>Pro: Strong type checking prevents careless errors.
>Con: Can't assign any variable to any variable.
I consider this "con" to be a myth. With the exception of in parameters and
limited types, you can pretty much assign anything to anything. It's just
that if you want to violate the type system you have to explicitly say so
(with explicit type conversions, unchecked_conversion, etc).
So I'd say the "con" is: Assignment that violates the type system requires
>Pro: Dependency rules prevent module interface version mismatch.
>Con: Changes at a low level cause high impact for recompilation.
Isn't this "con" really: Brittle architectures with high degrees of
inter-module coupling can't be modified without excessive recompilation?
Which then becomes the "pro": Excessive recompilation is a potential early
indicator of architectural problems?
Yeah, I know, somebody can always come up with examples of necessary global
types. But most of the time I see somebody complaining about the high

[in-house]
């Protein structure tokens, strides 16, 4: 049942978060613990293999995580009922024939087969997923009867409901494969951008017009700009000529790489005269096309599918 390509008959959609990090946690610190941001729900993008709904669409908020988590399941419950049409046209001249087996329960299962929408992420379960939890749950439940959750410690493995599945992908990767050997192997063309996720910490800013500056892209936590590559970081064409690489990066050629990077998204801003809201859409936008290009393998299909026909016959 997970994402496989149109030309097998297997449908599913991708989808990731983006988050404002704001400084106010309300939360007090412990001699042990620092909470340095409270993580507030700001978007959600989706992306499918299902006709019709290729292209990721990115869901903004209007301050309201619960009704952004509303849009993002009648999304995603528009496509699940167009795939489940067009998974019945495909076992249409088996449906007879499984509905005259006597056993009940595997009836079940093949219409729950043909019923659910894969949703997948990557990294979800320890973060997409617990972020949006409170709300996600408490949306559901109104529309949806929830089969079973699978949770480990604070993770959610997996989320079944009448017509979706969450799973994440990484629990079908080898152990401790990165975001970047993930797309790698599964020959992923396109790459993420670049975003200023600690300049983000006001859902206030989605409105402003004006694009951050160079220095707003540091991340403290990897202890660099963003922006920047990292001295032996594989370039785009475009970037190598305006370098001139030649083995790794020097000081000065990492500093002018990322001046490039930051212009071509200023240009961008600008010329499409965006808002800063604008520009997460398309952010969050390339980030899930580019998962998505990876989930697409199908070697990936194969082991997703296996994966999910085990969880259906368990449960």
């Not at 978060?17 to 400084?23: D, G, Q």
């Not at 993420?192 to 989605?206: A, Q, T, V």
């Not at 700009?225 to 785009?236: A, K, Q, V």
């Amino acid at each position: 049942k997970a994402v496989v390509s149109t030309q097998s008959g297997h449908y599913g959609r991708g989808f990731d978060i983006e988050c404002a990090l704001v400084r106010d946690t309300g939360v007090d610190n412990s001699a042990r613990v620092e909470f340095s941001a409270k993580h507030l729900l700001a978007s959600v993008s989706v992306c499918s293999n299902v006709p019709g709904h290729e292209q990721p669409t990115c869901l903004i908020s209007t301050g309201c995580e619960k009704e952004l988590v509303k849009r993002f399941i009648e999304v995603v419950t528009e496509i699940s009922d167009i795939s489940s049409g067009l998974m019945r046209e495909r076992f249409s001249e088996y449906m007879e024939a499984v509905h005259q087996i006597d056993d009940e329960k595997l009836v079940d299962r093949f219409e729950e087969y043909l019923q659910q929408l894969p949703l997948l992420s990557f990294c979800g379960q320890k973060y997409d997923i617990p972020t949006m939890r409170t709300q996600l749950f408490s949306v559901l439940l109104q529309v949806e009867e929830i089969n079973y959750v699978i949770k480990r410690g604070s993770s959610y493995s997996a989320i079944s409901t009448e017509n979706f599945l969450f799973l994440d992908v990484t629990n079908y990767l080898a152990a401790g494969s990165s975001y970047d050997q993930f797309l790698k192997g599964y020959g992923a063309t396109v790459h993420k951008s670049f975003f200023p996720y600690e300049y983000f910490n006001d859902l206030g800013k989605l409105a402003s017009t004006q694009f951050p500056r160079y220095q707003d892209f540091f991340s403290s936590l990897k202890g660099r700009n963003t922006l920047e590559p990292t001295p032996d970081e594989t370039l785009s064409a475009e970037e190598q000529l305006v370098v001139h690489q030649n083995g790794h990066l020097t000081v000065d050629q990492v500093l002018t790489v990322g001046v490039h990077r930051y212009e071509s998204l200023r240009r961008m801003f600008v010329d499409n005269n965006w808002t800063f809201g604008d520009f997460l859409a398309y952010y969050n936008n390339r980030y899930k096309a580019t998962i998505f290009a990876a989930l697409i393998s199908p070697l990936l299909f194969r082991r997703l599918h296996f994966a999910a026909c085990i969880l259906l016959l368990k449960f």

recompilation necessitated by Ada, the problem is bad design. And if it
really is necessary, they could always use an incremental compiler... ;-)
>Pro: Modular nature encourages system-wide design.
>Con: Difficult to hack together a prototype.
Sorry but this is just plain wrong. I "hack together" prototypes in Ada all
the time (good thing I'm not a developer here! ;-) and I find that the
modularity that Ada encourages means it's more likely that I'll find
reusable bits & pieces here and there that I can cobble together to make
work. More times than not, I can infer the actual intent of a package by
looking at its specification.
The only "con" I can see with this is: Hackers are uncomfortable working in
software development shops that place a high value on programming languages
which support software engineering.
Gene Ouye <[log in to unmask]> :-)